QUACO in a nutshell

QUACO in a nutshell

The QUACO project is a part of the IR magnets (WP3) in Hilumi-LHC. It draws together several research infrastructures with similar technical requirements in magnet development, which allow the avoidance of unnecessary duplication of design effort and reduce overall cost through economies of scale using a joint procurement process. By pooling efforts on technological requirements and using their experience from prior procurements, the partners in QUACO act as a single buyer group with sufficient momentum for potential suppliers to consider the phased development of the requested magnets. The pre-commercial procurement (PCP) instrument used in this project thus takes away the mismatch between the high-end R&D effort and the existing market for these instruments and allow large and small specialised companies to increase the speed of their own research and technology development.

The QUACO partners are:

  • Commissariat à l’Energie Atomique et aux Energies alternatives (CEA), France
  • European Organization for Nuclear Research (CERN), Switzerland
  • Centro De Investigaciones Energeticas, Medioambientales Y Tecnologicas (CIEMAT), Spain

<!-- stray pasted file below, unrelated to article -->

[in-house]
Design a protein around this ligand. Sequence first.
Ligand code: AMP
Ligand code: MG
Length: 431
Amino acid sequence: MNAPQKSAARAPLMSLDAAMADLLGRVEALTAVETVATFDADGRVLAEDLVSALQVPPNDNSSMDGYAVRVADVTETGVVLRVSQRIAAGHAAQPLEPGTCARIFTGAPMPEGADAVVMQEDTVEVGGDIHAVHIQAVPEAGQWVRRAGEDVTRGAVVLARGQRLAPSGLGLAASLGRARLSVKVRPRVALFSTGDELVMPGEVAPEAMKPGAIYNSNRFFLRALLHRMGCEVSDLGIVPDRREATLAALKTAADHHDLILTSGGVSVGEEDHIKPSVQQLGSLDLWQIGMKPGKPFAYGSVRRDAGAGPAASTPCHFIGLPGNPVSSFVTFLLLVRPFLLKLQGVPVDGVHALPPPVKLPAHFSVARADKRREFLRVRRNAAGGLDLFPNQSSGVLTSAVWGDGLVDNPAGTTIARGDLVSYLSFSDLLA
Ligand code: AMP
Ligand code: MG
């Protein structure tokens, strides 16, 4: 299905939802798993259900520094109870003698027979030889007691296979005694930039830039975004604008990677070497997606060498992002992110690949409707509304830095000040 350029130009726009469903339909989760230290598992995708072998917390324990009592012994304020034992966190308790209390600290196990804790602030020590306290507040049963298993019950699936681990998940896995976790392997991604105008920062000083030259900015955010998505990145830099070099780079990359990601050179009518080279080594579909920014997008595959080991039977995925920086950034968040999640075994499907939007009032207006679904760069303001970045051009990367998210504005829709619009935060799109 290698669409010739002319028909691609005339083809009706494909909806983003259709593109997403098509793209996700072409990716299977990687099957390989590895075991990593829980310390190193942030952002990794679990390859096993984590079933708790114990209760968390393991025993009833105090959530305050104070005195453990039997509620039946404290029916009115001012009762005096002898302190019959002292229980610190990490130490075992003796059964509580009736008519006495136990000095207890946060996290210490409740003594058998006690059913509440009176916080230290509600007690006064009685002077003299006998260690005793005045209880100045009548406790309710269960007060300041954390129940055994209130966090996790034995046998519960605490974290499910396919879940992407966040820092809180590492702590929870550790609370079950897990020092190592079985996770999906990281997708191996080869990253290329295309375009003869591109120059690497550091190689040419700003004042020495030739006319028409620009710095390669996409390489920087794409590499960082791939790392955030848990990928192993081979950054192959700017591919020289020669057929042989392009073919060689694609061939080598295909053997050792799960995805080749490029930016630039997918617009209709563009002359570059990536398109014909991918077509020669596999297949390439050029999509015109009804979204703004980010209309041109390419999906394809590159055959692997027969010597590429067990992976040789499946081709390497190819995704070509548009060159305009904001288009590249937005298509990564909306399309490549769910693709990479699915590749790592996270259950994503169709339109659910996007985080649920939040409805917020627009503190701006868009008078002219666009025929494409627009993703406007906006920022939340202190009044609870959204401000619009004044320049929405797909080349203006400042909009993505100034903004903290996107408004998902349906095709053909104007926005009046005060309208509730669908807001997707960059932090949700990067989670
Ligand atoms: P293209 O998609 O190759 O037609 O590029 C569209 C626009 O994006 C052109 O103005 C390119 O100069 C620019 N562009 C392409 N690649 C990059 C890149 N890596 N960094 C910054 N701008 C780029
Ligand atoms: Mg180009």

• Narodowe Centrum Badan Jadrowych (NCBJ), Poland

The scope is to procure 2 pilot 3,8 m quadrupole magnets (Q4) with two 90 mm aperture, an integrated gradient of 440T with 120T/m in the transverse plane, with operational temperature of 1.9K that could be installed in the HL-LHC matching sections. More technical information can be found on this link

CERN acts as the lead procurer that coordinates and leads the joint procurement in the name and on behalf of the aforementioned organisations.

This procurement is a Pre-Commercial Procurement (PCP) that started on 1 March 2016 and ended in June 2021. The PCP awarded R&D services contracts to a number of R&D providers in parallel to compare competing alternative solution approaches. This was done in a phased approach with a framework agreement that covers 3 R&D phases (solution design, prototyping, pilot deployments made available to end users from the research communities supported by the buyers group) with intermediate evaluations after each phase that progressively selected the best competing solutions that were offered a specific contract for the next phase. Testing of the prototypes took place at CERN by experts and end-users and in this way the PCP provided a first customer test reference to participating R&D providers.